A strange thing is occurring in the South China Sea (SCS). Artificial islands are being built in the region by China to up-end different countries’ claims and maritime sovereignties.
One of the most strategically located geographical entities, the Sea has become a flashpoint for international conflict and the most geopolitically significant maritime body in the world today.
Six countries – China, Brunei, Vietnam, Malaysia, Philippines and Taiwan – are party to the dispute.
This maritime conflict is centred around islands in the South China Sea, many of which have been artificially constructed by China.
Each country in the conflict has differing claims regarding the extent of water they have sovereign control over.
Most countries base their arguments on the United Nations Law of the Seas, which states that a country’s territory extends 200 miles off its shores – which is an area called the exclusive economic zone (EEZ). All commerce that occurs within a country’s EEZ belongs to that respective country while the region beyond the EEZ is governed by UN maritime law (meaning, it is shared by everyone).
Out of the six countries involved in the conflict, five of them more or less abide by the UN’s EEZ laws – except for China, which claims historical conquests as justification for ownership over large swathes of the Sea, well beyond its own EEZ.
Disputes are mainly regarding the sovereignty of the Spratly Islands, Paracel Islands, Scarborough Reef, Pratas Islands, Macclesfield Bank and maritime sea surrounding the islands.
China’s island-making experiment
China has slowly but steadily intensified its military activities in the SCS. Over the past couple of years, Chinese dredgers have transformed highly sensitive corals reefs in the disputed Spratly archipelago into artificial Islands – alleged to be used for military purposes. They have reclaimed land enough to operate military aircraft in the region.
Ecologically speaking, various experts have said that if dredging and sedimentation continue it would destroy highly sensitive coral reefs and biodiversity associated with it. Even the UN Permanent Court of Arbitration in its judgement criticized China for “permanent and irreparable harm to the coral ecosystem”.
In October 2015, the US sailed a guided-missile destroyer within 12-nautical miles of the artificial Islands – first in a series of action planned to assert freedom of navigation in the region. China warned the US that it “should not act blindly or make any trouble out of nothing”.
Russia and China have also begun their Joint military exercise in the SCS adding a new twist to ongoing tensions over China’s island building in the region. Part of the exercise also contains practising “island seizing”. This exercise with Russia against the backdrop of recent ruling by UN Permanent Court of Arbitration is seen by many as Russia’s support to China regarding SCS dispute.
Recently in July 2016 an arbitral tribunal constituted under United Nations Convention on the Laws of Sea (UNCLOS) ruled in favour of the Philippines at the Permanent Court of Arbitration at The Hague. China immediately criticised the ruling claiming that the court has no jurisdiction over the dispute. China prefers resolving the dispute through bilateral negotiations. When settled bilaterally due to its sheer size and power compared to other disputants it would have a diplomatic advantage.
Why the SCS is significant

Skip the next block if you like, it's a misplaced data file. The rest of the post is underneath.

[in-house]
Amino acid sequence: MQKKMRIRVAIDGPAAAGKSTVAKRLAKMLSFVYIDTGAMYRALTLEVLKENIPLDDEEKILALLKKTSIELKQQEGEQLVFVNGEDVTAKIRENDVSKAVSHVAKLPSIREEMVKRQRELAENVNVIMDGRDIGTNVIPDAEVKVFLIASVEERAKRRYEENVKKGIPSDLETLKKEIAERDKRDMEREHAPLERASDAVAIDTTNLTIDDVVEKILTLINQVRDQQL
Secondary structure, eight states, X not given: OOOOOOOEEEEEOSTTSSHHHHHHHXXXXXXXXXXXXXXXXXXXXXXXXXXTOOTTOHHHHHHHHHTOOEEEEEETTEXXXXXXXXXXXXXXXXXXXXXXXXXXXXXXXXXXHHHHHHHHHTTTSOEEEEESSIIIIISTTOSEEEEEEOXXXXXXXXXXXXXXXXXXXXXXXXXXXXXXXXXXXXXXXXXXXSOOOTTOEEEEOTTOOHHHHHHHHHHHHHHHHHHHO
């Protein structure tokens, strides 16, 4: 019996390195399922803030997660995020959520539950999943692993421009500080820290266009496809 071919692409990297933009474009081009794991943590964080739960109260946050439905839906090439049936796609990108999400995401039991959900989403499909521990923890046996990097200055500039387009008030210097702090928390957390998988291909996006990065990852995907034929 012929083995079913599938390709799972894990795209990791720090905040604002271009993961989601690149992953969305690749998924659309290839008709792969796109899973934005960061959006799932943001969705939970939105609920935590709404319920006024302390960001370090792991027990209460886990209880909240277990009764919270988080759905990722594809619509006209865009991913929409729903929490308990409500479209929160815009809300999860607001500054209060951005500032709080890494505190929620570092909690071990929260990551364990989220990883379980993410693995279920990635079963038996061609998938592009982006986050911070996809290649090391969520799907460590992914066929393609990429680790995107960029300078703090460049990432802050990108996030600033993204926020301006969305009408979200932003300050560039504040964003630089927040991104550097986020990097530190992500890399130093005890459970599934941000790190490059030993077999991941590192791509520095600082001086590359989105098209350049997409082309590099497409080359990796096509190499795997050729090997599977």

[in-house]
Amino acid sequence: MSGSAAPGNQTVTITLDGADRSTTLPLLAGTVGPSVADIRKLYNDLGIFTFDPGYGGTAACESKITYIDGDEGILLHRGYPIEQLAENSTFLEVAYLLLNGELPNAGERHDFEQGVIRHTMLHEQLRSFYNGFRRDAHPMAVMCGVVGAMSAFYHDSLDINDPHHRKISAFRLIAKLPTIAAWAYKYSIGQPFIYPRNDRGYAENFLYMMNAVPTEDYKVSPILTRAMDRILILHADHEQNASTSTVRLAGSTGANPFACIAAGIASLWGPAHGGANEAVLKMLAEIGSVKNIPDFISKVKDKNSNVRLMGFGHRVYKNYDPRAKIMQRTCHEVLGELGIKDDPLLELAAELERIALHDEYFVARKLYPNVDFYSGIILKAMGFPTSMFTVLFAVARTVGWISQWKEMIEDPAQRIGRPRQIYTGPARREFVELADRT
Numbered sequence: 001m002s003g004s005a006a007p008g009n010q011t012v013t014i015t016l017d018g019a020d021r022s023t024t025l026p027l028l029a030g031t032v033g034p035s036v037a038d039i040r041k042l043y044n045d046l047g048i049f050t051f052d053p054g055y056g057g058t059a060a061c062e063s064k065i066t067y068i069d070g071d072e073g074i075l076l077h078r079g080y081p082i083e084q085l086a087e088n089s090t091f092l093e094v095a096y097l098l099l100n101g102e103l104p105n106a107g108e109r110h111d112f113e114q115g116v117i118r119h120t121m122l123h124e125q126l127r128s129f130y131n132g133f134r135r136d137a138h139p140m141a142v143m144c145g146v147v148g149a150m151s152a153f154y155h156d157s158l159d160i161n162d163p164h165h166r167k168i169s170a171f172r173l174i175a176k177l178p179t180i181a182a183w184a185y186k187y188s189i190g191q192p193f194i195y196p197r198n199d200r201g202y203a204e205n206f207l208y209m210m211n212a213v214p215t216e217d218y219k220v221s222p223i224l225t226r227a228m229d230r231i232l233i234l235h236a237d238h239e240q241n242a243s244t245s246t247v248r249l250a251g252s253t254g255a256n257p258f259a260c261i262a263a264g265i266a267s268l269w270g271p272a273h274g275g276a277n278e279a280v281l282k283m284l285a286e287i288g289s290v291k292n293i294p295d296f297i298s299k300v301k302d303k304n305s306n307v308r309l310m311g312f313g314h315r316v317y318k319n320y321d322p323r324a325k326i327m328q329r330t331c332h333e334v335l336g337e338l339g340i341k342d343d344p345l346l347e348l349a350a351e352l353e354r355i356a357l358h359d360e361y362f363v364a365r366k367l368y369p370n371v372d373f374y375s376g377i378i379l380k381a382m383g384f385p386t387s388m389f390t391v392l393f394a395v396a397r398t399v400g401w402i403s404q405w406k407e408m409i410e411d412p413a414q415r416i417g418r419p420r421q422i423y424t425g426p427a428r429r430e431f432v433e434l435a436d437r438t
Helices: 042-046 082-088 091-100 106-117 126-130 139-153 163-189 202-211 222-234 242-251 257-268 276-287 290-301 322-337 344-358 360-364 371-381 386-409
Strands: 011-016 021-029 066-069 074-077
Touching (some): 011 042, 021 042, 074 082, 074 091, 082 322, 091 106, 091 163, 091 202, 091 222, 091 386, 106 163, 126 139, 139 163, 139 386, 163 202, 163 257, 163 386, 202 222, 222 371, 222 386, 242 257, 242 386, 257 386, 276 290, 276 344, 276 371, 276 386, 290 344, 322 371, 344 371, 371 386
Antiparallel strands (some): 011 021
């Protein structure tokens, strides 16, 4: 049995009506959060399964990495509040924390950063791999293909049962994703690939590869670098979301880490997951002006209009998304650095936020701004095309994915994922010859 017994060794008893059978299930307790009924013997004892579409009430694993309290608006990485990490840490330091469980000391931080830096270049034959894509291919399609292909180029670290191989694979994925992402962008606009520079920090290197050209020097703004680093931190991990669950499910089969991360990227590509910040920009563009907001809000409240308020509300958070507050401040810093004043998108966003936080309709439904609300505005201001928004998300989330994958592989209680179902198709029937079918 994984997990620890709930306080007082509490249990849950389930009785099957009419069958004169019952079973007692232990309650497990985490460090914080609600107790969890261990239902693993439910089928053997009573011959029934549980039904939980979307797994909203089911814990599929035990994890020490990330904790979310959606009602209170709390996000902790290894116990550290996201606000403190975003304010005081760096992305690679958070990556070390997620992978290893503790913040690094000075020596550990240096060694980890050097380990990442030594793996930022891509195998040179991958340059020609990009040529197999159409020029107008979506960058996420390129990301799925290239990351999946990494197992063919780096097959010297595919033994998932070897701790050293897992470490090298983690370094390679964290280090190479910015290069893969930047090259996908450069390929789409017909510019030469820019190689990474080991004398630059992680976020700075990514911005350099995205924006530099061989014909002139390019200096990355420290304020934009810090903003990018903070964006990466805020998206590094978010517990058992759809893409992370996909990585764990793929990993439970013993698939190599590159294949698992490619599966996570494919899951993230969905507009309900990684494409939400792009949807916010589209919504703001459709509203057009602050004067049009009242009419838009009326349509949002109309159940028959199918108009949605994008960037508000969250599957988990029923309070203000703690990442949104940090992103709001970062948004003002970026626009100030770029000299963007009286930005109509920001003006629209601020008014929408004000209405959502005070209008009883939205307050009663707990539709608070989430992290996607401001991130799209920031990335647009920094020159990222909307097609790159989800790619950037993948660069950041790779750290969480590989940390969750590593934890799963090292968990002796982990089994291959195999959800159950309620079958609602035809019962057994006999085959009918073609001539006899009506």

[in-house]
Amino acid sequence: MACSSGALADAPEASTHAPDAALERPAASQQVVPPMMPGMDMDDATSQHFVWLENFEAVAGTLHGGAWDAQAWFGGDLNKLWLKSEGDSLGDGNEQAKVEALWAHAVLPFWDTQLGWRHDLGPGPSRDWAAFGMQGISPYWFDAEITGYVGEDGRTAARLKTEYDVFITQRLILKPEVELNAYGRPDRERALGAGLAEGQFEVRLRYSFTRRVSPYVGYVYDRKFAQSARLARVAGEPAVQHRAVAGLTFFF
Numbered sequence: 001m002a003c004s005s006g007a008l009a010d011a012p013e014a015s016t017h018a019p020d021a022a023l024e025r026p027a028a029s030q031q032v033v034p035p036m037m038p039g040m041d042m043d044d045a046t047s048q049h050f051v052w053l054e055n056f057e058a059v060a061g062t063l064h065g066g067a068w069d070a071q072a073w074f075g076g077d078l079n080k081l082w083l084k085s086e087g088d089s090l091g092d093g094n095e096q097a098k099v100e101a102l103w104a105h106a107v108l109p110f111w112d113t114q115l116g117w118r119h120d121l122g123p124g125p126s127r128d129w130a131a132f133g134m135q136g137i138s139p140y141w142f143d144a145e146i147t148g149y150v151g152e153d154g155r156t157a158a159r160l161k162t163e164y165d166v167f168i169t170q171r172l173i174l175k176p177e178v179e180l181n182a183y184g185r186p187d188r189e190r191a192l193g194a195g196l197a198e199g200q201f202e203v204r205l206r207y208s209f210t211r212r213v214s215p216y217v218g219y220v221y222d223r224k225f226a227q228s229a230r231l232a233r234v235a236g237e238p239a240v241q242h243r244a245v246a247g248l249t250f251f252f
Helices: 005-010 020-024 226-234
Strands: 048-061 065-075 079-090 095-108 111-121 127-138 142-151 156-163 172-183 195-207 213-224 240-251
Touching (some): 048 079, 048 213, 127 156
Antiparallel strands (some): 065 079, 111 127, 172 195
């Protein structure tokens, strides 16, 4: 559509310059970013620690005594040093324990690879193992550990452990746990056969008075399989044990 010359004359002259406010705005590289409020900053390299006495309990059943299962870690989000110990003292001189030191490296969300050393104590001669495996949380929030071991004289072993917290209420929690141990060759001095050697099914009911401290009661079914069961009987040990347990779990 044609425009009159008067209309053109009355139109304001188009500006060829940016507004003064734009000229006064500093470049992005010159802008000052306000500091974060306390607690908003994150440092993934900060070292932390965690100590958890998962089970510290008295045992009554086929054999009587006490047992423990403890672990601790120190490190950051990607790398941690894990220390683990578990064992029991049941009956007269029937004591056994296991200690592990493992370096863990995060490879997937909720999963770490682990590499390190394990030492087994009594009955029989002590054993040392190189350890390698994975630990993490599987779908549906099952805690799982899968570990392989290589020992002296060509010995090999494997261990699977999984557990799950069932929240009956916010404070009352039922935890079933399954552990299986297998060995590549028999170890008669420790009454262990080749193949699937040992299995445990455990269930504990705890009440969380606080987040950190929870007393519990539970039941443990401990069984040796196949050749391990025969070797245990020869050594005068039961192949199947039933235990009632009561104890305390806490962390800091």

Apart from navigational rights and the strategic location, resources are the key drivers in the SCS conflict. The US Geological Survey estimated in 2012 that 12 billion barrels of oil and 160 trillion cubic feet of natural gas might exist as an undiscovered resource in the SCS, excluding the Gulf of Thailand and adjacent areas. The Ministry of Geological Resources and Mining of the People’s Republic of China estimate that the SCS may contain 17.7 billion tons of crude oil.
Additionally, the SCS is the largest source of fish, an important foodstock in each of the claimant countries. The fishing industries of each of the disputants include a large number of vessels which travel increasingly farther from their home coasts due to overfishing in coastal waters.
India and the SCS dispute
India in June 2016 along with Japan and United States has taken part in Malabar exercises involving aircraft carriers, guided missile cruisers, guided missile destroyers among others.
India has strong interest in keeping sea lanes open in the South China Sea. Almost 55% of India’s trade with Asia-Pacific passes through SCS. Apart from helping securing energy supplies for countries like Japan and South Korea India has unique distinction of shipping oil from Sakhalin to Mangalore through sea routes of this region. Therefore, it is extremely important for India to have access to this region.
India’s ONGC Videsh limited is involved in offshore exploration in SCS belonging to Vietnam (not recognised by China). China on numerous occasions warned India against such exploration. India until today has shown no indication to withdraw and continued to emphasize that its offshore oil explorations are within the territorial waters of Vietnam.
With India’s Look East Policy and Act East Policy gaining importance with respect to foreign policy are concerned stability and security over SCS is of extreme importance. India is seen by many Southeast Asian countries as a counterbalance to Chinese aggression.
Should China follow India? The same court that gave its ruling on SCS also ruled against India. The court ruled in favour of Bangladesh in a three-decade long maritime dispute. India despite the ruling being not favourable accepted it. The United States cited this example and urged China to follow India to resolve maritime disputes.
With India being Asia’s pivot to the United States complementing with India’s Act East Policy, New Delhi involvement in SCS and corresponding conflict with Beijing could see a steady rise.